Whenever faced with using that much class time, it is important to ask whether it is worth the time invested, and if so, how it can be done as efficiently and effectively as possible, so let’s begin. Continue reading “How to Hold Writing Conferences When You Have 165 Students”
“The difference between the almost right word and the right word is really a large matter. ’tis the difference between the lightning bug and the lightning.” -Mark Twain
Words are the molecules of language. They are small, complicated building blocks that come together to form something so complex that it feels like magic that it even exists in the first place. Despite this central role–and the fact that nearly every test and essay rubric specifically mentions word choice–words themselves often go completely ignored in classroom instruction, written off as merely a “stylistic” choice.
In fact, words are so overlooked that I don’t think I’ve ever seen a specific lesson on word choice. Sometimes teachers will mention strong or poor word choice in individual feedback to student writing or gush about word choice in stories or poems read in class, but that is the extent to which I’ve seen direct teaching of choosing words.
My theory for why teachers so often forget to discuss the words themselves is that there are no specific rules for choosing words in the way that there are for things like commas or colons. But just because no specific rules are scrawled in style manuals, doesn’t mean that students can’t learn to wield words better. A few years ago I began to realize that if I was going to grade students on word choice in their essays, standardized tests were going to score students on word choice, and the world was going to judge students on their word choice, that I needed to find a way to teach word choice. Continue reading “Words Matter”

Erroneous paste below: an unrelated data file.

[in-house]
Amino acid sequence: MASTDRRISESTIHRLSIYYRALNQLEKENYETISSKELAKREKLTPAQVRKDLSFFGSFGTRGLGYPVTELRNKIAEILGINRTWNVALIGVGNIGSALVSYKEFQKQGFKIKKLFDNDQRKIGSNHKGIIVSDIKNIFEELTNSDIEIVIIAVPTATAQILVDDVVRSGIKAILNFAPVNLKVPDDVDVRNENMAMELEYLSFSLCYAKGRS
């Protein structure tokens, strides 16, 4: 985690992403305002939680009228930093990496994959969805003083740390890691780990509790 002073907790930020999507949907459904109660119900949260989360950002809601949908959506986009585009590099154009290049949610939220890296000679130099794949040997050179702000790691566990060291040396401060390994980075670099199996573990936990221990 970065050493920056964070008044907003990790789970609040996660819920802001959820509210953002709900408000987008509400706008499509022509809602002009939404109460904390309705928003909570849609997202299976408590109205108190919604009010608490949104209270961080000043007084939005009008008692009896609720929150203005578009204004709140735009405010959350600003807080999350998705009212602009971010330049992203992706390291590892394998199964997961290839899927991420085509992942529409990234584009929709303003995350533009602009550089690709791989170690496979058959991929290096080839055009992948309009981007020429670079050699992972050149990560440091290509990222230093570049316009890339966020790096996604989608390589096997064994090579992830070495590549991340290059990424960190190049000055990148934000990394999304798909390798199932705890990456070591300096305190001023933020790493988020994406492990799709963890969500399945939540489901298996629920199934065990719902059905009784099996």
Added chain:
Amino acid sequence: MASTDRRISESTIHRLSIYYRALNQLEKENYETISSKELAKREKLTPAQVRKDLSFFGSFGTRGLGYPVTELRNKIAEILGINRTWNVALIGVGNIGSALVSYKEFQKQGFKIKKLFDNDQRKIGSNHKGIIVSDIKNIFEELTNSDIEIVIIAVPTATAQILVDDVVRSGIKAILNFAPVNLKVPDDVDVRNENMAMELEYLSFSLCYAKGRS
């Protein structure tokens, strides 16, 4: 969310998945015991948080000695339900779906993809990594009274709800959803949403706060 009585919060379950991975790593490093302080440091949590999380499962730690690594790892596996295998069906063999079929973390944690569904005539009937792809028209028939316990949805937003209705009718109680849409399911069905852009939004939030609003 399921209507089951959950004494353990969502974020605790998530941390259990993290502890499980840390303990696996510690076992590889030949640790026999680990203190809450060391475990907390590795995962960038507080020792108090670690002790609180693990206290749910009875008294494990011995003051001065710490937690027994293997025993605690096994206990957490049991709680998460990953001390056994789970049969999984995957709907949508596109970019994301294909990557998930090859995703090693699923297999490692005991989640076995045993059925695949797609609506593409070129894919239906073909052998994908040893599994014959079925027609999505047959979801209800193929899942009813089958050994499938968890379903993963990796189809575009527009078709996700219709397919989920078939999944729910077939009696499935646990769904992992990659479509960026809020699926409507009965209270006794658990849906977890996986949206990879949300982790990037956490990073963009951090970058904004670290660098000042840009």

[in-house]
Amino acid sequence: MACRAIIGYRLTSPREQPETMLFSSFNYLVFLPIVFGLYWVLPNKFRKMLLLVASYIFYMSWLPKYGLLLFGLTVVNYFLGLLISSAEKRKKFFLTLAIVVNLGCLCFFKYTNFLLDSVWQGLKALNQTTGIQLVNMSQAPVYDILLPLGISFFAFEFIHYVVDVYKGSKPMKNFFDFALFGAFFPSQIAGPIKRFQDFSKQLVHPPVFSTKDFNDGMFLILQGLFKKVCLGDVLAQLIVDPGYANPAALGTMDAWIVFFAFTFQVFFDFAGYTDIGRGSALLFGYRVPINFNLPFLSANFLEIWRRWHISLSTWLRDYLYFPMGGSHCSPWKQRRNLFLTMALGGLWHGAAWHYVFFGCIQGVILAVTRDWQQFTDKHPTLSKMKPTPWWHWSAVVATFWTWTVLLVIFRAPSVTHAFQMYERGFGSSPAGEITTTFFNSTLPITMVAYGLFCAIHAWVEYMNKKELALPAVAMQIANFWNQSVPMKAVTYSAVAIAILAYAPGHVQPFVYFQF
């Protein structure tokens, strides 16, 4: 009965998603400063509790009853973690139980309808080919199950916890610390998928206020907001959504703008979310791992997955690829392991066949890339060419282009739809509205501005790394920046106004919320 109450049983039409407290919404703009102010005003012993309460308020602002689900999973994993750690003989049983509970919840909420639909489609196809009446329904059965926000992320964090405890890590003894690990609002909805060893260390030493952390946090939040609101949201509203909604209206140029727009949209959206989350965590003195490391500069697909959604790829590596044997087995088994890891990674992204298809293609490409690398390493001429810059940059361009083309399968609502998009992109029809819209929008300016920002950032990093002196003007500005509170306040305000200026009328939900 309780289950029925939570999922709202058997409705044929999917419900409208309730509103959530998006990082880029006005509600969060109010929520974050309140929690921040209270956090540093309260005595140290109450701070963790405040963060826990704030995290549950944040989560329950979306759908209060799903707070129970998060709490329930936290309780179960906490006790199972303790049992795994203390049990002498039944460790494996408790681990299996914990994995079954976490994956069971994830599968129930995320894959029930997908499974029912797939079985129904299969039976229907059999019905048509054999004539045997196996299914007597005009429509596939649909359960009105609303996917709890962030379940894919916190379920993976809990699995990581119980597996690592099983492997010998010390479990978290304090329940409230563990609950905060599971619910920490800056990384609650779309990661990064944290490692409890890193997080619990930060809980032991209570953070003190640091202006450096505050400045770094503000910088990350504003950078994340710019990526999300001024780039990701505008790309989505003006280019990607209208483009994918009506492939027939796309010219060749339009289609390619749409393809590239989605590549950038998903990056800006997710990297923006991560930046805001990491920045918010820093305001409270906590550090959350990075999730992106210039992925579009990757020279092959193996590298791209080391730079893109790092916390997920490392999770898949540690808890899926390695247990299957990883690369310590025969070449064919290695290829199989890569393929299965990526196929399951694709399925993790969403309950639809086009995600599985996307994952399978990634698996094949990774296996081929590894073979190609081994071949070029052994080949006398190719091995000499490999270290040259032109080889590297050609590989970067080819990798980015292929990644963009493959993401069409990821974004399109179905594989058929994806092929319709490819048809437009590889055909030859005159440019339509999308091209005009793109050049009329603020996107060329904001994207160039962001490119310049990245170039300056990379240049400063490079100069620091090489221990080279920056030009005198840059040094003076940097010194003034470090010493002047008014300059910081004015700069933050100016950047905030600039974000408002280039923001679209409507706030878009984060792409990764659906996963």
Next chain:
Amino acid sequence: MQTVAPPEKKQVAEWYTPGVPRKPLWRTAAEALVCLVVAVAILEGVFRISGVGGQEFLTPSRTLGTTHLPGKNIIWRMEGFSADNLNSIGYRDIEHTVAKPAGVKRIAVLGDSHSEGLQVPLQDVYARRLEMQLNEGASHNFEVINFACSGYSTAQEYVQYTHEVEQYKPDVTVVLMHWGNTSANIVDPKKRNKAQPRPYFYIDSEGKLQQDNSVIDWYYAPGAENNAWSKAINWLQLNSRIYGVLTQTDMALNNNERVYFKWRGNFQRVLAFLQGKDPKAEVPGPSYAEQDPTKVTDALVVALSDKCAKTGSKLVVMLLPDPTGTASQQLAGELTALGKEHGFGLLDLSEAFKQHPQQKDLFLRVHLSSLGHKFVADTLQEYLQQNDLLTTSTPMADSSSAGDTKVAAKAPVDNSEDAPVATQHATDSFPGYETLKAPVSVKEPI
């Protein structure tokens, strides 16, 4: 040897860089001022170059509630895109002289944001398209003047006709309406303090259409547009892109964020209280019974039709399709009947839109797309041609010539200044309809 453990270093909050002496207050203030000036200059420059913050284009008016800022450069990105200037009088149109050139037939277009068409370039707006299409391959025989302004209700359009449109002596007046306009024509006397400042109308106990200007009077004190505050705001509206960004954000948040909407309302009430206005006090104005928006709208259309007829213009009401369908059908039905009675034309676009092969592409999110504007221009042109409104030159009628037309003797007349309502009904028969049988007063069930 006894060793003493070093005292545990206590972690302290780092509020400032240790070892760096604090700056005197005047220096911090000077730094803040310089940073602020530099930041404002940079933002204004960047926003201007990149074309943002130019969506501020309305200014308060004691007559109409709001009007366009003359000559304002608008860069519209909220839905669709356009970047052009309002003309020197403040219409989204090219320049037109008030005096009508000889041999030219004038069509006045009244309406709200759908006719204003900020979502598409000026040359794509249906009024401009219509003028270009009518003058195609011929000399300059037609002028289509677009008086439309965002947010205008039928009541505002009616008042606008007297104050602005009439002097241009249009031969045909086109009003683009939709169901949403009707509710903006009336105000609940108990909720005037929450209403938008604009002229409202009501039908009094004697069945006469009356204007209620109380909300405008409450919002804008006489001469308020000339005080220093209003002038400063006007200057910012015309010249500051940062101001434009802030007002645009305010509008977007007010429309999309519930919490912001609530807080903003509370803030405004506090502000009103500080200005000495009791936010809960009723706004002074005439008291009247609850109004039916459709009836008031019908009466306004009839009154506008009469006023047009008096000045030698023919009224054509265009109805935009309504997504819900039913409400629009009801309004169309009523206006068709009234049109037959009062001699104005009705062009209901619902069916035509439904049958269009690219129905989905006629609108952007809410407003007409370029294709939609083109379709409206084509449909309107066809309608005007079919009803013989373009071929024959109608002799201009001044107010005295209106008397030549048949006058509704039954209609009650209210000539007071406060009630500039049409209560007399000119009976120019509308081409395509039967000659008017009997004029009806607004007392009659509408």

In the very first post of this blog, I discuss the event that led me to focus on writing instruction. To paraphrase, in the first month of my first year of teaching, I assigned an essay and then went about grading it the only way I knew how: I stayed up late to extensively correct every error and record every comment that crossed my mind. Doing this for all of the papers took me well over 30 hours, but I knew it was worth it because my personalized responses allowed me to connect with the students in a deeper way than I could during class. But when I handed back the papers, the vast majority of the students glanced through the essays, passing quickly over the comments I’d carefully crafted during late nights and early mornings, and then discarded the essays in the recycle bins or their binders with little more than a second thought. I knew in that moment that most of my lessons in those margins would go unlearned, and the next papers, which were filled with the same mistakes form the same students, confirmed that my 30 hour investment had led to minimal student gains at best.